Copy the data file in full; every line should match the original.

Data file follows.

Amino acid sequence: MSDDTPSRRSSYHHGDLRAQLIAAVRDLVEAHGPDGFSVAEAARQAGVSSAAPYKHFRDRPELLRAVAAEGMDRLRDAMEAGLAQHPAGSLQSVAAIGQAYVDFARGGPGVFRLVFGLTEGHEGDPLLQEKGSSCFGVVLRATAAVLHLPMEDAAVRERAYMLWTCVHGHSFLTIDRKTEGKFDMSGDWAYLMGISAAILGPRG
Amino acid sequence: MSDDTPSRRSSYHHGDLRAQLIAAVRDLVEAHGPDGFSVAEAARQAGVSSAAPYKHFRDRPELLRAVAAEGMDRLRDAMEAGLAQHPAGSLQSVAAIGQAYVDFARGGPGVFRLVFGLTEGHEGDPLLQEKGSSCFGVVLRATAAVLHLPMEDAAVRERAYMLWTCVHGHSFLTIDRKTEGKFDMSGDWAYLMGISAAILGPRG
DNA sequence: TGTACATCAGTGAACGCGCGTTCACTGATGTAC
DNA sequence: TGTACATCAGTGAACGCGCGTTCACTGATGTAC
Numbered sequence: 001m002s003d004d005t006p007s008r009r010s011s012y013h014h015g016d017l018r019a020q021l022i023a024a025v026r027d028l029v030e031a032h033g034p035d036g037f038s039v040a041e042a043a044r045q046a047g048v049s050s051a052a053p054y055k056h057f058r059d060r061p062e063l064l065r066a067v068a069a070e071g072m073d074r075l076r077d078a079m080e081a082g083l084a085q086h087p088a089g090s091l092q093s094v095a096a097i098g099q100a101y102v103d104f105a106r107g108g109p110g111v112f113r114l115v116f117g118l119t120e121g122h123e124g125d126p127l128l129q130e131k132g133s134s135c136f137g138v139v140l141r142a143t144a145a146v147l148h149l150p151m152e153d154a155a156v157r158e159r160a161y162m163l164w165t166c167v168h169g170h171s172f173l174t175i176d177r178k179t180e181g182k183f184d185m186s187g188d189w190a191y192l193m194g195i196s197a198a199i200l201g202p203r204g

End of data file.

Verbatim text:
Amino acid sequence: MSDDTPSRRSSYHHGDLRAQLIAAVRDLVEAHGPDGFSVAEAARQAGVSSAAPYKHFRDRPELLRAVAAEGMDRLRDAMEAGLAQHPAGSLQSVAAIGQAYVDFARGGPGVFRLVFGLTEGHEGDPLLQEKGSSCFGVVLRATAAVLHLPMEDAAVRERAYMLWTCVHGHSFLTIDRKTEGKFDMSGDWAYLMGISAAILGPRG
Amino acid sequence: MSDDTPSRRSSYHHGDLRAQLIAAVRDLVEAHGPDGFSVAEAARQAGVSSAAPYKHFRDRPELLRAVAAEGMDRLRDAMEAGLAQHPAGSLQSVAAIGQAYVDFARGGPGVFRLVFGLTEGHEGDPLLQEKGSSCFGVVLRATAAVLHLPMEDAAVRERAYMLWTCVHGHSFLTIDRKTEGKFDMSGDWAYLMGISAAILGPRG
DNA sequence: TGTACATCAGTGAACGCGCGTTCACTGATGTAC
DNA sequence: TGTACATCAGTGAACGCGCGTTCACTGATGTAC
Numbered sequence: 001m002s003d004d005t006p007s008r009r010s011s012y013h014h015g016d017l018r019a020q021l022i023a024a025v026r027d028l029v030e031a032h033g034p035d036g037f038s039v040a041e042a043a044r045q046a047g048v049s050s051a052a053p054y055k056h057f058r059d060r061p062e063l064l065r066a067v068a069a070e071g072m073d074r075l076r077d078a079m080e081a082g083l084a085q086h087p088a089g090s091l092q093s094v095a096a097i098g099q100a101y102v103d104f105a106r107g108g109p110g111v112f113r114l115v116f117g118l119t120e121g122h123e124g125d126p127l128l129q130e131k132g133s134s135c136f137g138v139v140l141r142a143t144a145a146v147l148h149l150p151m152e153d154a155a156v157r158e159r160a161y162m163l164w165t166c167v168h169g170h171s172f173l174t175i176d177r178k179t180e181g182k183f184d185m186s187g188d189w190a191y192l193m194g195i196s197a198a199i200l201g202p203r204g